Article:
In terms of Gaussian beam parameters, the paraxial approximation requires that the beam radius at the focus is large compared with the wavelength. (However, it does not need to be far larger for reasonable accuracy of the equations.) This implies that the beam divergence does not become too large, and that the Rayleigh length is substantially larger than the beam radius. For very tightly focused beams, the paraxial approximation is not well satisfied, and a substantially more complex method is required for calculating the beam propagation. In that regime, one may also need to consider the vector character of the electromagnetic field, including a longitudinal polarization component.
The article on laser beams contains a paragraph titled “Limitations for the Focusing of Laser Beams”. The presented rules can be applied to Gaussian beams but also to generalize beams with some larger M2 factor.
Complex q Parameter
The state of a Gaussian beam at a certain z position can be specified with a complex q parameter
so that the complex electric field can be written as
Propagation over some distance then simply increases the q parameter by that distance. When a Gaussian beam passes an optical element such as a curved mirror or a lens, this can be described by transforming its parameters with an ABCD matrix according to
where A, B, C and D are the components of the ABCD matrix. In textbooks, ABCD matrices for many kinds of optical elements are available. Note that there are optical elements which can not be described with ABCD matrices, and which convert a Gaussian beam into a non-Gaussian beam; an example are axicons.
Gaussian beams can have different radii and divergence values for two perpendicular transverse directions, denoted e.g. x and y. Equations similar to those above can be used for describing the essentially independent evolution of beam radii in both directions. If the focus positions for both directions are not equal, the beam is called astigmatic.
Gaussian Beams and Resonator Modes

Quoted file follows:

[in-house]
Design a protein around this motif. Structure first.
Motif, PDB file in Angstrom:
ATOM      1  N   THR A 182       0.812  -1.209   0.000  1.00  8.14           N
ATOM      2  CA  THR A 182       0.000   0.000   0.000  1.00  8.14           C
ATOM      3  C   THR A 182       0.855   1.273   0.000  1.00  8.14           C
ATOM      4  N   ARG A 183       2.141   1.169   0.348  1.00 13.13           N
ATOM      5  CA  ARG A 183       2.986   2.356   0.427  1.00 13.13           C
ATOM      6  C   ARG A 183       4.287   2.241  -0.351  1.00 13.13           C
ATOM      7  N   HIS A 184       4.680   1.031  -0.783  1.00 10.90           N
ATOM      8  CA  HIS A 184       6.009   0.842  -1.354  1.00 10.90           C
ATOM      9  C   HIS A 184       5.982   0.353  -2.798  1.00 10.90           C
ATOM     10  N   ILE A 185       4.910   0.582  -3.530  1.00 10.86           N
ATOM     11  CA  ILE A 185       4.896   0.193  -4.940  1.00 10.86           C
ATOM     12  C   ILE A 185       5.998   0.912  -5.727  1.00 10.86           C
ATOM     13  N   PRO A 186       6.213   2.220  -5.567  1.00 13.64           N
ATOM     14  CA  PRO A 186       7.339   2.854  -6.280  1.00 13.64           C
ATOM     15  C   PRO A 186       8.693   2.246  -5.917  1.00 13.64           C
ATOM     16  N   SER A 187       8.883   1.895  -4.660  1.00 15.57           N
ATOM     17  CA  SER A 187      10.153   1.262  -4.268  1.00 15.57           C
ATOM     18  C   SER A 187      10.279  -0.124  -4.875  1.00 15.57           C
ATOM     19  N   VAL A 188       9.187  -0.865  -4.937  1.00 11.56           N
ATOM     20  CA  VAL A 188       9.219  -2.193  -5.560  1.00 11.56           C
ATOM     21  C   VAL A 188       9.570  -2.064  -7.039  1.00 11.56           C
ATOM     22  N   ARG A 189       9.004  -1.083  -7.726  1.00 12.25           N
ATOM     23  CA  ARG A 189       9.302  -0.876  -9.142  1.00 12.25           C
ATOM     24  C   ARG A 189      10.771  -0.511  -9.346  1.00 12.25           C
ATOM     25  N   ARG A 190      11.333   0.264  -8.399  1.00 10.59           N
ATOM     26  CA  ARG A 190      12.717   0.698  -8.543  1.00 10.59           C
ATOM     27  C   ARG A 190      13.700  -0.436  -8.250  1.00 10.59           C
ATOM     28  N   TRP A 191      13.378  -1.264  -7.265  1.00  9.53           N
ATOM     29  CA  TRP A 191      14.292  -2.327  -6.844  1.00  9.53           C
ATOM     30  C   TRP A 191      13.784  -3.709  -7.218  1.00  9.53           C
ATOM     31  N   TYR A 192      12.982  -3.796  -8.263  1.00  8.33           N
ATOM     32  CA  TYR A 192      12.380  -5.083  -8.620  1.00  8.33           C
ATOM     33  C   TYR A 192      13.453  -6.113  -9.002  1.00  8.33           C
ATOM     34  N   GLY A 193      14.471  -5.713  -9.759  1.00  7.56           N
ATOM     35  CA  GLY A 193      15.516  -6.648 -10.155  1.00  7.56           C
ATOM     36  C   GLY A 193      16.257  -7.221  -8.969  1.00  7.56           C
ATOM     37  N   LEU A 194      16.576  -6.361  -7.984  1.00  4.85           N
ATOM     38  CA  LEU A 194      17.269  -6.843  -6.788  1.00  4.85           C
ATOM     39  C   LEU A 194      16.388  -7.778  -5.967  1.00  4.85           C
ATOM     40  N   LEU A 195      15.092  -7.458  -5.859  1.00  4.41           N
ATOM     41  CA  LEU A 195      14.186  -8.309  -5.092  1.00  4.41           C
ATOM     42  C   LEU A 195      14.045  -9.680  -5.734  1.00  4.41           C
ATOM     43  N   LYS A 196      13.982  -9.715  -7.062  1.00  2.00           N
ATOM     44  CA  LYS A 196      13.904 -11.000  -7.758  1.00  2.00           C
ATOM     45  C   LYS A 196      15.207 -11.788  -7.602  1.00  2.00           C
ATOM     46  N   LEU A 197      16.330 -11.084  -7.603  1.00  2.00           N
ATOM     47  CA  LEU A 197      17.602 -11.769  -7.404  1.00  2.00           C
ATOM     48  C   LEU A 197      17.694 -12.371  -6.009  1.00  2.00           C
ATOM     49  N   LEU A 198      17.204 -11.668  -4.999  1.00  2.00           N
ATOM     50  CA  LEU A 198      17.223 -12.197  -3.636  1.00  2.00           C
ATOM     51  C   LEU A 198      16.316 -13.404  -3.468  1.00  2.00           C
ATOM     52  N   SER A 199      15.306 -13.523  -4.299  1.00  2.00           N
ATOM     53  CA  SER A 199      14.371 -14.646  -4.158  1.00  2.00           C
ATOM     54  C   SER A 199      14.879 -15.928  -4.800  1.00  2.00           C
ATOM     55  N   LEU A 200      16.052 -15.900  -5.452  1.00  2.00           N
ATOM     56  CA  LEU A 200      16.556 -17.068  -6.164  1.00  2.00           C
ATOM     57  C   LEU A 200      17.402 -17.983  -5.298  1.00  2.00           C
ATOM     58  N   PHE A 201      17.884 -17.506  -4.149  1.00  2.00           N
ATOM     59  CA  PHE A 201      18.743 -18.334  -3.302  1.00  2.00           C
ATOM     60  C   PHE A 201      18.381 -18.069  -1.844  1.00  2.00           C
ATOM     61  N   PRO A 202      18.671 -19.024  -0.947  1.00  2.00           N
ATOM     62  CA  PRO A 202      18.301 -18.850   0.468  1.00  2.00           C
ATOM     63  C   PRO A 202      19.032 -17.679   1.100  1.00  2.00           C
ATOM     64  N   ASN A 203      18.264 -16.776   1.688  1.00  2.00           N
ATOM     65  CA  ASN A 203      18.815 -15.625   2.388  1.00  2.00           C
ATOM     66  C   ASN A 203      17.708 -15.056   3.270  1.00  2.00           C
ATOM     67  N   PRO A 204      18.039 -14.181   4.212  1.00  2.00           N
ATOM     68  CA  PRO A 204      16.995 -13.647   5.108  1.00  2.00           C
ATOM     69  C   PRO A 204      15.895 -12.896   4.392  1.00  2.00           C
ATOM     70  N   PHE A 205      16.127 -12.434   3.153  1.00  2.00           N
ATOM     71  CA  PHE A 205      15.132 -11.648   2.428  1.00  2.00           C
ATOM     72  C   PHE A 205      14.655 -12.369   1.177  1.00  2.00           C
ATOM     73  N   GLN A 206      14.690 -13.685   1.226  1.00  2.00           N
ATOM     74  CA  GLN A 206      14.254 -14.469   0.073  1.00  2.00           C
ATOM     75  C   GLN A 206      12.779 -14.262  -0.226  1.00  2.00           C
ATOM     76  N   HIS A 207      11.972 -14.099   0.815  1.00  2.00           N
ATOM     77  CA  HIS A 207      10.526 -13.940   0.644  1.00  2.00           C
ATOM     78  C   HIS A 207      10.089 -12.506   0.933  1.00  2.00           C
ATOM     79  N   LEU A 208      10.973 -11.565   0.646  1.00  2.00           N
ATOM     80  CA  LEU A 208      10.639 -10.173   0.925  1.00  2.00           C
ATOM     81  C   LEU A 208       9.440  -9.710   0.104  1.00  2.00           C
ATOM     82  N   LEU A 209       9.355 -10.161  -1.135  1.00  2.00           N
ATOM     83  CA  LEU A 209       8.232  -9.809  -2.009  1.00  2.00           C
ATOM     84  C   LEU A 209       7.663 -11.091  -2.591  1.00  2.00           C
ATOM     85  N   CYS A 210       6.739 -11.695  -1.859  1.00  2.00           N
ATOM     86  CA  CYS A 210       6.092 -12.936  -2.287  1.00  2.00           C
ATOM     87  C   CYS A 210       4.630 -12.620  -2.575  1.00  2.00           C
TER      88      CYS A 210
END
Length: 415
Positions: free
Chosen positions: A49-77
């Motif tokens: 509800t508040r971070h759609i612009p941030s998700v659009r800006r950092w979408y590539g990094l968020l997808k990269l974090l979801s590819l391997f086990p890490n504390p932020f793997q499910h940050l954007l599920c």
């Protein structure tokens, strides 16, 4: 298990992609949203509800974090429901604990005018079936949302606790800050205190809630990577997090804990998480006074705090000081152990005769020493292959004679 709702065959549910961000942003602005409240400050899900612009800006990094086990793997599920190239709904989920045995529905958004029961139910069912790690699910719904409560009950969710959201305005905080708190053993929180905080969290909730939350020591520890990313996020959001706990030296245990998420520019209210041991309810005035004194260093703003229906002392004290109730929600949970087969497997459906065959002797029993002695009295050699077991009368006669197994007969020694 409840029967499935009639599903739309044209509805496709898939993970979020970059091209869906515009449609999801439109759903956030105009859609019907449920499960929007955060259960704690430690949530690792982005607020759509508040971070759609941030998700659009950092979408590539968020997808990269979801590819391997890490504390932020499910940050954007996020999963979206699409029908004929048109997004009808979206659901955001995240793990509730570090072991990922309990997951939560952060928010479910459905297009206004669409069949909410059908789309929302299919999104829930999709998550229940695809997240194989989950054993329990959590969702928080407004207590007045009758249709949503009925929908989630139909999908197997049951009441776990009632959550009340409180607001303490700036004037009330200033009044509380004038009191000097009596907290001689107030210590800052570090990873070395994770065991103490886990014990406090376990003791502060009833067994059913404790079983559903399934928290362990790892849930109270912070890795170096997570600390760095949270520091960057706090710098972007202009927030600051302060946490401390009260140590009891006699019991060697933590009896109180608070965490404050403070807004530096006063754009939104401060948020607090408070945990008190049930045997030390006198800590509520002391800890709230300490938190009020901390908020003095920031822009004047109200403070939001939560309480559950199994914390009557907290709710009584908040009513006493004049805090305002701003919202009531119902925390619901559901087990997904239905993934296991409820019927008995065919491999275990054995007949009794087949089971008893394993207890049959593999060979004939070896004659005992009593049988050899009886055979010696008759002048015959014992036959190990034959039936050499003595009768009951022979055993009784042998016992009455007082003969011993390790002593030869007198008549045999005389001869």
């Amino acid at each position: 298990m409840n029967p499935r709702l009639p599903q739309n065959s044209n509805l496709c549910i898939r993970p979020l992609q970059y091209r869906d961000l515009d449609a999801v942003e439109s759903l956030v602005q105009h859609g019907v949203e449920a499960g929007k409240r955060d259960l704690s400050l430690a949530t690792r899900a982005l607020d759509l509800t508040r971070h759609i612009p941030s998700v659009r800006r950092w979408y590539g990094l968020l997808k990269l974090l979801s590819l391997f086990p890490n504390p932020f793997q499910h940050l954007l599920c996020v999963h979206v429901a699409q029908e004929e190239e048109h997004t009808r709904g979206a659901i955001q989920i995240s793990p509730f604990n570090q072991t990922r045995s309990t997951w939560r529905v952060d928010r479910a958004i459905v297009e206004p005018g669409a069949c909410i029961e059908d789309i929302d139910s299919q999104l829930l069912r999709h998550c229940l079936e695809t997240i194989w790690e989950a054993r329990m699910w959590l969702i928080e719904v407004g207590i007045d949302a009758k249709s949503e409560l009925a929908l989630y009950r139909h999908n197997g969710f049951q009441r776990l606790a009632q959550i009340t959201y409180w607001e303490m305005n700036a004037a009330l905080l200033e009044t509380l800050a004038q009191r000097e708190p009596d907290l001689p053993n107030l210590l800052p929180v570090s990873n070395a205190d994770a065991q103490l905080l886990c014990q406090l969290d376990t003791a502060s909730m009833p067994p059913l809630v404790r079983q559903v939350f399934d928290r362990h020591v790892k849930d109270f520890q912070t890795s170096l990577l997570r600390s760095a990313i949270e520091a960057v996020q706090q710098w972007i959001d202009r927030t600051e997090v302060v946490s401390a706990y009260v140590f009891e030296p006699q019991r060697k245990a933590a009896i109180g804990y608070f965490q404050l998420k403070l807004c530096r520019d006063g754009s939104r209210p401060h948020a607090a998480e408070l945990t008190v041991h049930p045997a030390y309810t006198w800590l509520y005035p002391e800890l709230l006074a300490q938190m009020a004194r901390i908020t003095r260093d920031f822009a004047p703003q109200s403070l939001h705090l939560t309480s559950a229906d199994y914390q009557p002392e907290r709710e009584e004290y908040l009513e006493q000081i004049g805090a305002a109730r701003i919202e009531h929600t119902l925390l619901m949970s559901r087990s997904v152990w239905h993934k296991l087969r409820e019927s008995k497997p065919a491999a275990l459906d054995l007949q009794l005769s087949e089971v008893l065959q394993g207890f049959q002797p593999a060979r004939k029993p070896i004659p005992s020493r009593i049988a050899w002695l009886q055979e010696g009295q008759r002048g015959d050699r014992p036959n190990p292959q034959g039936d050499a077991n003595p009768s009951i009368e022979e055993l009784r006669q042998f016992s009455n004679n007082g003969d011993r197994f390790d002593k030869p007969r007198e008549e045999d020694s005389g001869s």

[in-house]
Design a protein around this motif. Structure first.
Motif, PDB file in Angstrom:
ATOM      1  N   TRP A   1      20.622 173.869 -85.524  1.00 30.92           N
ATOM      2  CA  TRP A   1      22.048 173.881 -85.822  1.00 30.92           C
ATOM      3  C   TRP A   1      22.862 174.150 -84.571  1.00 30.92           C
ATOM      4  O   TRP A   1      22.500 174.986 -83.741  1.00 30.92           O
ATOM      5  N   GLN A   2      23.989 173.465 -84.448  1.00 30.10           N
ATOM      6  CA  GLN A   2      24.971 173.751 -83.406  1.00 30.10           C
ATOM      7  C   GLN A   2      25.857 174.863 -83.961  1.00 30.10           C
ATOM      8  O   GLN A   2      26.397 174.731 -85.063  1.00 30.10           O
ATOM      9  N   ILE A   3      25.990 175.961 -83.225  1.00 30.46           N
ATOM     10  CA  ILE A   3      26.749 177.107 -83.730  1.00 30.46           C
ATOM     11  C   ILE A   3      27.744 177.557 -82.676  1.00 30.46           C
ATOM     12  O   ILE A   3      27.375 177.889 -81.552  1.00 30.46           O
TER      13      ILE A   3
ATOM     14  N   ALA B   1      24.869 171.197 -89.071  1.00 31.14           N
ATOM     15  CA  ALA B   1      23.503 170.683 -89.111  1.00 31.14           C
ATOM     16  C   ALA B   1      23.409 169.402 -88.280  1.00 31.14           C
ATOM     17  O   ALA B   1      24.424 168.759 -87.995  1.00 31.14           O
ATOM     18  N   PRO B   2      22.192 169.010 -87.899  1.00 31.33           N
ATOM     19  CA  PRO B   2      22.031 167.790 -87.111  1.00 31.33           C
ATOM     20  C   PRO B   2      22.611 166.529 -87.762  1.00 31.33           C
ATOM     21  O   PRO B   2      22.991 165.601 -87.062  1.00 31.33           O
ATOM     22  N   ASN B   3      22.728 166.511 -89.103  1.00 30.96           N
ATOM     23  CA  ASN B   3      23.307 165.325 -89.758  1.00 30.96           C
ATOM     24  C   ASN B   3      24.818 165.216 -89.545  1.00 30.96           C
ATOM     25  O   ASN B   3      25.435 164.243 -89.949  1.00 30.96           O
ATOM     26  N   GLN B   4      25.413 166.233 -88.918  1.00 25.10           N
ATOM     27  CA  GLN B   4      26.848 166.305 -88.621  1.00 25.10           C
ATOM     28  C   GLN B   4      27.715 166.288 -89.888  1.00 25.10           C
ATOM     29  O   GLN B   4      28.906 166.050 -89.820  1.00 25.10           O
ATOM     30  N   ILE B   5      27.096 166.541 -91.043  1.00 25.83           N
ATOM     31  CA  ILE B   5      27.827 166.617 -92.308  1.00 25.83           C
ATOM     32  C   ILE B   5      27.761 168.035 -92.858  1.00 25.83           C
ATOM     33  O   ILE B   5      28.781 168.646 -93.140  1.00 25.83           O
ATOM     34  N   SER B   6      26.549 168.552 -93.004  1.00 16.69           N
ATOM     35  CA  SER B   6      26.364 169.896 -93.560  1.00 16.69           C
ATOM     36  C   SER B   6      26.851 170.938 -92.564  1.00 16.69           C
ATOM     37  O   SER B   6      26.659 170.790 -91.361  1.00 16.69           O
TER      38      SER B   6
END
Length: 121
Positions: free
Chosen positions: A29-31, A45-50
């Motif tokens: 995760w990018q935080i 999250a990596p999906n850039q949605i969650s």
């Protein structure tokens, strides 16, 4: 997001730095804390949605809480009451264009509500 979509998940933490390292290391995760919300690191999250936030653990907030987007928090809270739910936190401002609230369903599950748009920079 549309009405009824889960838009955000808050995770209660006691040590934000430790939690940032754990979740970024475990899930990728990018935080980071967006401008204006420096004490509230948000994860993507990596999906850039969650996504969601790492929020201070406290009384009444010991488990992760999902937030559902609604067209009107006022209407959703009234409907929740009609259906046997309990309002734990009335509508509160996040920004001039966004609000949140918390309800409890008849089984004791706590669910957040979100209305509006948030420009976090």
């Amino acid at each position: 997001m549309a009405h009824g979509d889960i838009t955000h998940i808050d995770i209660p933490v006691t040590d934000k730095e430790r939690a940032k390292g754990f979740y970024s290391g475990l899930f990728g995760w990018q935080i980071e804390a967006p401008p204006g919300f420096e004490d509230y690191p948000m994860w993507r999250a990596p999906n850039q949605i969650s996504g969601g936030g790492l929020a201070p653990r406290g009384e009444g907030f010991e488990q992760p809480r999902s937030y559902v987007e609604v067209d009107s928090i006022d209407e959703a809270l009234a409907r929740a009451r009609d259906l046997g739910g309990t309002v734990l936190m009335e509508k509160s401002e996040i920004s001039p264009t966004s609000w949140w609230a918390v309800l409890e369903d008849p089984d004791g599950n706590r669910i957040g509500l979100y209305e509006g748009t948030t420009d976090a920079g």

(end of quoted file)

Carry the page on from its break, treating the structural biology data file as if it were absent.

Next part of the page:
The modes of an optical resonator with the lowest order in the transverse direction (called TEM00 or fundamental transverse modes) are Gaussian modes, if the resonator is stable, all optical media in the resonator are homogeneous, and all surfaces between media are either flat or have a parabolic shape. Therefore, lasers emitting only on the fundamental transverse mode often emit beams with close to Gaussian shape. Deviations from the mentioned conditions, e.g. by thermal lensing in a gain medium, can cause non-Gaussian beam shapes and/or the simultaneous excitation of different transverse modes.
In any case, the deviation from a Gaussian beam shape can be quantified with the M2 factor. A Gaussian beam has the highest possible beam quality, which is related to the lowest possible beam parameter product, and corresponds to M2 = 1.
The fundamental propagation modes of fibers are generally not exactly Gaussian, but also not too far from that shape. Therefore, a Gaussian beam can usually be launched into a single-mode fiber with high efficiency (80% or larger), provided that suitable optics are used. One requires a focus at the fiber end with a beam radius which fits to the size of the fiber mode.
Importance of Gaussian Beams
The importance of Gaussian beams results from a number of special properties:
- Gaussian beams have a Gaussian intensity profile at any location along the beam axis (at least within the paraxial approximation); only the beam radius varies.
- A Gaussian beam remains Gaussian also after passing simple kinds of optical elements (e.g. lenses without optical aberrations).
- Gaussian beams are the lowest-order self-consistent field distribution in optical resonators (→ resonator modes) provided that there are no intracavity elements causing beam distortions. For that reason, the output beams of many lasers are Gaussian.
- Single-mode fibers have beam profiles which are usually close to Gaussian. Even in cases with a less than perfect fit, the Gaussian approximation is popular because of the relatively simple rules for calculating the beam propagation.
- There are so-called higher-order modes e.g. of Hermite–Gaussian type. These have more complicated field patterns and exhibit a larger beam parameter product.
- For beams with poor beam quality, the Gaussian mode analysis can be generalized, using the so-called M2 factor.
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|||P. A. Bélanger, “Beam propagation and the ABCD ray matrices”, Opt. Lett. 16 (4), 196 (1991), doi:10.1364/OL.16.000196|
|||U. Levy, Y. Silberberg and N. Davidson, “Mathematics of vectorial Gaussian beams”, Advances in Optics and Photonics 11 (4), 828 (2019), doi:10.1364/AOP.11.000828|
|||A. E. Siegman, Lasers, University Science Books, Mill Valley, CA (1986)|
|||J. Alda, “Laser and Gaussian beam propagation and transformation”, https://www.researchgate.net/publication/255041663_Laser_and_Gaussian_Beam_Propagation_and_Transformation|
See also: laser beams, Gouy phase shift, modes, multimode beams, Hermite–Gaussian modes, beam quality, diffraction-limited beams, M2 factor, beam parameter product, beam radius, beam waist, collimated beams, ABCD matrix
and other articles in the category general optics